Last Updated on October 11, 2013 by Leyla Kazim
It’s rarely too early to start with one, so let us begin with a cocktail.
Take a man with a passion for great food, travel and wine. Add to this far-reaching culinary influences courtesy of Japanese and Italian parents. Have him born and raised in São Paulo and living in London for the past 20 years. Throw in classical training from a diploma at the Cordon Bleu cookery school along with an advanced certificate from the Wine and Spirit Education Trust. Shake up with a history in investment banking and a swish Islington pad, and finish off with a strong desire to share the food of his yesteryears home cooked by his Japanese family in Brazil; decant, serve over ice and savour the very memorable experience that is Luiz Hara’s (aka The London Foodie) Japanese supper club.
This is a no holds barred event of gratification, the level of which has guests ‘wow’-ing from the moment they are greeted at the door to their departure.
Think of the best dinner party you’ve attended. Triple the number of attendees and add another four courses. Include a handful of volunteers to help plate up, clear down and serve drinks and involve ingredients like lumpfish caviar and Clarence Court duck eggs. Execute this in a generous open plan dining area complete with two full length tables and a breakfast bar to accommodate all 28 guests, with full view of the maestro toiling over a hot AGA. You will then have something close to the well-oiled machine that is this epicurean event.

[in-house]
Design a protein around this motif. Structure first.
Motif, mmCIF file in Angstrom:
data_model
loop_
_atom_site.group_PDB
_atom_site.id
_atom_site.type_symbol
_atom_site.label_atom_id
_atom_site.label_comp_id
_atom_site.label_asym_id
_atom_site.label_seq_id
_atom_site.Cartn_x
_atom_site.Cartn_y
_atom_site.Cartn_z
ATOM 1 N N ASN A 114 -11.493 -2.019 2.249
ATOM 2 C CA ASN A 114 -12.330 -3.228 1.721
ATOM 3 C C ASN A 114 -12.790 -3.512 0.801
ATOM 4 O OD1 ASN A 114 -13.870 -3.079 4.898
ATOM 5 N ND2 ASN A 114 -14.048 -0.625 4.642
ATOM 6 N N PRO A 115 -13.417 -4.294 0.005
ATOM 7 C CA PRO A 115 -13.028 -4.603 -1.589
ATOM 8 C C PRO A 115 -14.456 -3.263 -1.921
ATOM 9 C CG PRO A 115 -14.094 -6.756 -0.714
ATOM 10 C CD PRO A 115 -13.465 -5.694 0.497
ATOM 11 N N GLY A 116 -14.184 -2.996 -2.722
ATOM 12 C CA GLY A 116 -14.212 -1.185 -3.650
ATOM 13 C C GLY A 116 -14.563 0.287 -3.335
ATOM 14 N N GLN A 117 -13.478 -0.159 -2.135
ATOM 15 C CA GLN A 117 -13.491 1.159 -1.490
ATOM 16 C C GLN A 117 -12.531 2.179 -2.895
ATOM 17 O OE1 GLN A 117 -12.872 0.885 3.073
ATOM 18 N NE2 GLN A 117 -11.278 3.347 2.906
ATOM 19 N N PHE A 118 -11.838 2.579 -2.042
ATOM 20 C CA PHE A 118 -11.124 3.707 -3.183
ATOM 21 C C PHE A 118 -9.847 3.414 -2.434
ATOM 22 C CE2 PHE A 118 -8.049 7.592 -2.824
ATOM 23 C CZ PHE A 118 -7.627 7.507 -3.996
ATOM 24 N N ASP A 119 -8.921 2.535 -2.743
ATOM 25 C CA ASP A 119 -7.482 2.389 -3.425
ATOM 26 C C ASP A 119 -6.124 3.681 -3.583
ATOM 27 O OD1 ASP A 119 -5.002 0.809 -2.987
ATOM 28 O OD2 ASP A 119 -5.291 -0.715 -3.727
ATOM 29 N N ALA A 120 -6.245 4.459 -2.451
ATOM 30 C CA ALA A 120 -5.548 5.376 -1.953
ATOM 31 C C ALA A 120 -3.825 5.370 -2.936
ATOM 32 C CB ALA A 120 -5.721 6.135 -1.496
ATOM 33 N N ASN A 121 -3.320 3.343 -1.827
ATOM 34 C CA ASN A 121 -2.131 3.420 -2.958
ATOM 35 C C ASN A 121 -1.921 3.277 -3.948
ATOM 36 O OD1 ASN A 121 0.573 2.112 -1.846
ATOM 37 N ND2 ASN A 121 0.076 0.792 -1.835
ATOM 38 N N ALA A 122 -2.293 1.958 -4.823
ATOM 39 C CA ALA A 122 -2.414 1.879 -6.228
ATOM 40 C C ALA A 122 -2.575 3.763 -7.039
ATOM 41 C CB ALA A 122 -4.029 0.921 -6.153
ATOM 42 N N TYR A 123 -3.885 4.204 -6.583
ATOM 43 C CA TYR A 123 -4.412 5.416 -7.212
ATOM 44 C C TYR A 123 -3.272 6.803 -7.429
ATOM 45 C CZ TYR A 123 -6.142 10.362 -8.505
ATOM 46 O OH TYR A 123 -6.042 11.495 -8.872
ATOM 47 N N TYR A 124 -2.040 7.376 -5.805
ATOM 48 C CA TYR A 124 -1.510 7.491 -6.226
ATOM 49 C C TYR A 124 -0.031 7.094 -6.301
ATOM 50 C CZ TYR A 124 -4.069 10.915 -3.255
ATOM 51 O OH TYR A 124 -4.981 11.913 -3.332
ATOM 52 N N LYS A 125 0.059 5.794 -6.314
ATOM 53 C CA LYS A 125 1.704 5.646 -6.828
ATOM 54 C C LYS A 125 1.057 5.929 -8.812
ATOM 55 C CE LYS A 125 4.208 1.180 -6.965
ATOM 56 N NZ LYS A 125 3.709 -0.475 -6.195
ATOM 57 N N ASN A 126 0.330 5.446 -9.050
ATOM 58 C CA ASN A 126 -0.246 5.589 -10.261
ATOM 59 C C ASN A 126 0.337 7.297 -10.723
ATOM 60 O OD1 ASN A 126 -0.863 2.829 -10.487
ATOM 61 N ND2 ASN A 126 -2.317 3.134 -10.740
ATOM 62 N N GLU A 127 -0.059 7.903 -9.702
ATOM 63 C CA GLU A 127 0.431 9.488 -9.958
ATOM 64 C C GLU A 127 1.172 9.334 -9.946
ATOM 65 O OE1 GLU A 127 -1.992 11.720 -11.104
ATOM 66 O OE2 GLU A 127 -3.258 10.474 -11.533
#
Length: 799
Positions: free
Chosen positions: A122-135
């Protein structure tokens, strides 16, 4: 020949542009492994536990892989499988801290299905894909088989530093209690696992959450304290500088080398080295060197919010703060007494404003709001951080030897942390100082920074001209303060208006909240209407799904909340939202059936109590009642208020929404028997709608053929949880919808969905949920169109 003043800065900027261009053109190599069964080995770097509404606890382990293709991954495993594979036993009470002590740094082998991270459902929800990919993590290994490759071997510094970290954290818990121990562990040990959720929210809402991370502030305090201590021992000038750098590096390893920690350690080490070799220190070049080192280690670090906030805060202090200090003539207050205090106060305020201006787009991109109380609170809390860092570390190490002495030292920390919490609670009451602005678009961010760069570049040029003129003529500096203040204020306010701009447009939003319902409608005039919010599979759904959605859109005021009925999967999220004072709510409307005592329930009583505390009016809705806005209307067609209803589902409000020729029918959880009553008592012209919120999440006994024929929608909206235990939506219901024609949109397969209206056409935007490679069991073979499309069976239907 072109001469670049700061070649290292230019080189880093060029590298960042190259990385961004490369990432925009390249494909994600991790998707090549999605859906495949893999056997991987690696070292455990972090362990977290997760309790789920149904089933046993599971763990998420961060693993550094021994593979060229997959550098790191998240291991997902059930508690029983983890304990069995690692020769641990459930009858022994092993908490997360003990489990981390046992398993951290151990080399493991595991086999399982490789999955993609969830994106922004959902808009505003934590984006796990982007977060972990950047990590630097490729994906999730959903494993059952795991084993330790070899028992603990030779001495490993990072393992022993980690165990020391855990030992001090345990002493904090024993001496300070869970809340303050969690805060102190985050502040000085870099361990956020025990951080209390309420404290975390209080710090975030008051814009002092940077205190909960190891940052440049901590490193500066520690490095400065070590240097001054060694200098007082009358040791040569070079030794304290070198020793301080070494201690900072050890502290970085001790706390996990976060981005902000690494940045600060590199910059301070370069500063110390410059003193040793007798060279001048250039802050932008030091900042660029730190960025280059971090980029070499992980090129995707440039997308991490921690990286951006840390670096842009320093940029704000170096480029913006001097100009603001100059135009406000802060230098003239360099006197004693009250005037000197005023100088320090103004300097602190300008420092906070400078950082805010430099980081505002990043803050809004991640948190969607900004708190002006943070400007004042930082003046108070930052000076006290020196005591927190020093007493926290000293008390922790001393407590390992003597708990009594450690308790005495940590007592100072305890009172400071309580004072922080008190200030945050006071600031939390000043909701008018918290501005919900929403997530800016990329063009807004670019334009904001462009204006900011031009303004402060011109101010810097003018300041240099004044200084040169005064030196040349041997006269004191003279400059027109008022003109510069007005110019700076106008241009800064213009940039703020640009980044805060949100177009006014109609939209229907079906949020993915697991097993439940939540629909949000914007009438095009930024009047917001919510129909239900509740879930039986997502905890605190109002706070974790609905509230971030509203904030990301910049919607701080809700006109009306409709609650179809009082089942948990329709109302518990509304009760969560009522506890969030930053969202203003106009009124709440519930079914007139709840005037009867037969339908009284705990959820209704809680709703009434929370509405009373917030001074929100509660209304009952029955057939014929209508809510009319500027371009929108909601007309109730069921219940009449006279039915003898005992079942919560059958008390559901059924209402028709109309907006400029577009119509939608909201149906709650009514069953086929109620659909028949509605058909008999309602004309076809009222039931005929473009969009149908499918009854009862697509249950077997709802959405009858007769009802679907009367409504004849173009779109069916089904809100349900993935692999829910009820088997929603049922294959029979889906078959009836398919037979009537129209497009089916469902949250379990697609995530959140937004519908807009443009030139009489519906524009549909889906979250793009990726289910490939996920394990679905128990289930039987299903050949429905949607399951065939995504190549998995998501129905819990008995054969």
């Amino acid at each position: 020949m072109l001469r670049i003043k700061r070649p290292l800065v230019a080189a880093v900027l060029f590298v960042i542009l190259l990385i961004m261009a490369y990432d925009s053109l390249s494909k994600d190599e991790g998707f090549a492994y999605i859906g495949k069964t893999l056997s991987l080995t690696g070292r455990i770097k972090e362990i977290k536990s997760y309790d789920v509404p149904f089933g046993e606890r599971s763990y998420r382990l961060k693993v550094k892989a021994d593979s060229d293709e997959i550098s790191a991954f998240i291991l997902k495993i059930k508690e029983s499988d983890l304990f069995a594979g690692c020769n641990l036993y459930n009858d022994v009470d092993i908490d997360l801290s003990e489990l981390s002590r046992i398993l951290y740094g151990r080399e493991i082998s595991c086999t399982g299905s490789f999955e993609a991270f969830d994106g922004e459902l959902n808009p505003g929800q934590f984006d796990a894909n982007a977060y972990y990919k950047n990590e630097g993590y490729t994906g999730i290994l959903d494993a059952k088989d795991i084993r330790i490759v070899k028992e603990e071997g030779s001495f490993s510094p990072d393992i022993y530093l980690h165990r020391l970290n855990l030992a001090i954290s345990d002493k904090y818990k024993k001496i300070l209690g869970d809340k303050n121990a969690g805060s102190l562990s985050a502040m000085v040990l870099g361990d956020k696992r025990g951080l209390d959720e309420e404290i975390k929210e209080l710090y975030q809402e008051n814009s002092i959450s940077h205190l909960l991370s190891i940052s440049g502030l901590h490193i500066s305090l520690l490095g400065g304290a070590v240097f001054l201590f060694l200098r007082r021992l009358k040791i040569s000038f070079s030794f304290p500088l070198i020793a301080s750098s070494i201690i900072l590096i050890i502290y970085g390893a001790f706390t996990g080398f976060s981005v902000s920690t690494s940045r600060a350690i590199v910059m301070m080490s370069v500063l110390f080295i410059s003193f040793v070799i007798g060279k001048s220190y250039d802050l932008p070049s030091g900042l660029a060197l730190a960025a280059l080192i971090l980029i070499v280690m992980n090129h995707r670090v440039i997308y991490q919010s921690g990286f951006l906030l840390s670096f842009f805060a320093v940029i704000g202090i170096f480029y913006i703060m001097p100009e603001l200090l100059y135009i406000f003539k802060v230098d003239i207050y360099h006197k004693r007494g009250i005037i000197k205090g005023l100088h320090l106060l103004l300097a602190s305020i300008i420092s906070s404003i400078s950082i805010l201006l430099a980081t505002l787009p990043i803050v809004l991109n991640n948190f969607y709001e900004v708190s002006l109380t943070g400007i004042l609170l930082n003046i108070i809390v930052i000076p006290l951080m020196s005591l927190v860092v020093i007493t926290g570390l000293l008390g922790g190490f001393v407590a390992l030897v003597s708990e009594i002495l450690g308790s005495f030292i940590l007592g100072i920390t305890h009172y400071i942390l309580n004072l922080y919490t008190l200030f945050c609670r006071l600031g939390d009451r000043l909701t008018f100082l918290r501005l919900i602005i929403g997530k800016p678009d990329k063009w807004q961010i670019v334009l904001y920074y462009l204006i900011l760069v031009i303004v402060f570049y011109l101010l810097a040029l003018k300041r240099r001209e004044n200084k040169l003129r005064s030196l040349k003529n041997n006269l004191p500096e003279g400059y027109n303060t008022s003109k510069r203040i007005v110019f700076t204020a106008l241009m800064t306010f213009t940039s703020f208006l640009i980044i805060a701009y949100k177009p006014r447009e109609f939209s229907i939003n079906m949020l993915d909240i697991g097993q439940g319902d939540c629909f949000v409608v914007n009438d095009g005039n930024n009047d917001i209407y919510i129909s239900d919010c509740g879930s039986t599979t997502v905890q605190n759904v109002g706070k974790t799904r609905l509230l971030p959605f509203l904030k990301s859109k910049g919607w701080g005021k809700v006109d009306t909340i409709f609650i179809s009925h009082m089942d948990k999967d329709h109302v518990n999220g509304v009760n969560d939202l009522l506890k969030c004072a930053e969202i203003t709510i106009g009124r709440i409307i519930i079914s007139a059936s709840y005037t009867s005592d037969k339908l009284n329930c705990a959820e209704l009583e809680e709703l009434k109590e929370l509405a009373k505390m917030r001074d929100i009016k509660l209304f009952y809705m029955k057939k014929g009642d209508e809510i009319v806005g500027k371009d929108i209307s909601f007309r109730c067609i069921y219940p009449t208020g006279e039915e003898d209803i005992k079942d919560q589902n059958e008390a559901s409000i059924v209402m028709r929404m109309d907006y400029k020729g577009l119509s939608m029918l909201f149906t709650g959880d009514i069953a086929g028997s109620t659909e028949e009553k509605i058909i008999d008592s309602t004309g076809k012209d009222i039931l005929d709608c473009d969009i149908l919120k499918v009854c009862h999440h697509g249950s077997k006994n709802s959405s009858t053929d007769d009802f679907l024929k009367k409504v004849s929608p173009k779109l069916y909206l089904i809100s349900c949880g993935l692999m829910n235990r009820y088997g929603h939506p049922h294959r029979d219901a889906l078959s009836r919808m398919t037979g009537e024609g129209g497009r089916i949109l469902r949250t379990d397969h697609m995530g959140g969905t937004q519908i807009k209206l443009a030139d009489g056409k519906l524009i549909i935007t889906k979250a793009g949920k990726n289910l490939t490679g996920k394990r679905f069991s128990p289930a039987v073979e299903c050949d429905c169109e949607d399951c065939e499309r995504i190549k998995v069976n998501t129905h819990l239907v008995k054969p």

The menu spoke of dishes mostly unfamiliar to a Westerner unaccustomed to Japanese food created outside of restaurants; apart from a token plate of salmon sashimi (incidentally very good and with a South American twist of avocado and crème fraîche), there was not a sushi roll, yakitori stick or bowl of ramen in sight.
Spaghetti (not noodles – real Italian spaghetti and entirely authentic to this specific dish, Luiz informed us) coated in a luxurious chilli-marinated cod roe and caviar sauce yielded all the comfort and textural characteristics of a carbonara, but singing of seafood, speckled with black fish eggs and delivering a punch of heat to the back of the throat.
The duck egg received a slow cook sous-vide treatment to replicate the cooking method of the dish ‘tamago onsen’ where they are traditionally submerged in Japanese hot springs. With delicate silken tofu and a mixture of dashi, soy and mirin, the yolk was served at the precise moment just before setting takes place; a sublime physical state of buttery viscosity.
The flesh of the tempura aubergine had broken down to that characteristic and irresistible mush it does so well, lightly battered and served with umami mirin, as were broccoli florets and splayed oyster mushrooms.
Large tabletop hotpots on individual gas burners were crammed full of fresh sea dwellers: firm squid and fat prawns, sweet clams and meaty cod, along with slippery and transparent glass noodles, yielding tofu, mushrooms and greens. Over the vessels great jugs of miso, soya milk and dashi broth were poured to allow a brief and gentle simmer of the contents before guests dipped in a ladle to fill their bowls. The mild sweetness from the milky brew worked with the seafood particularly well.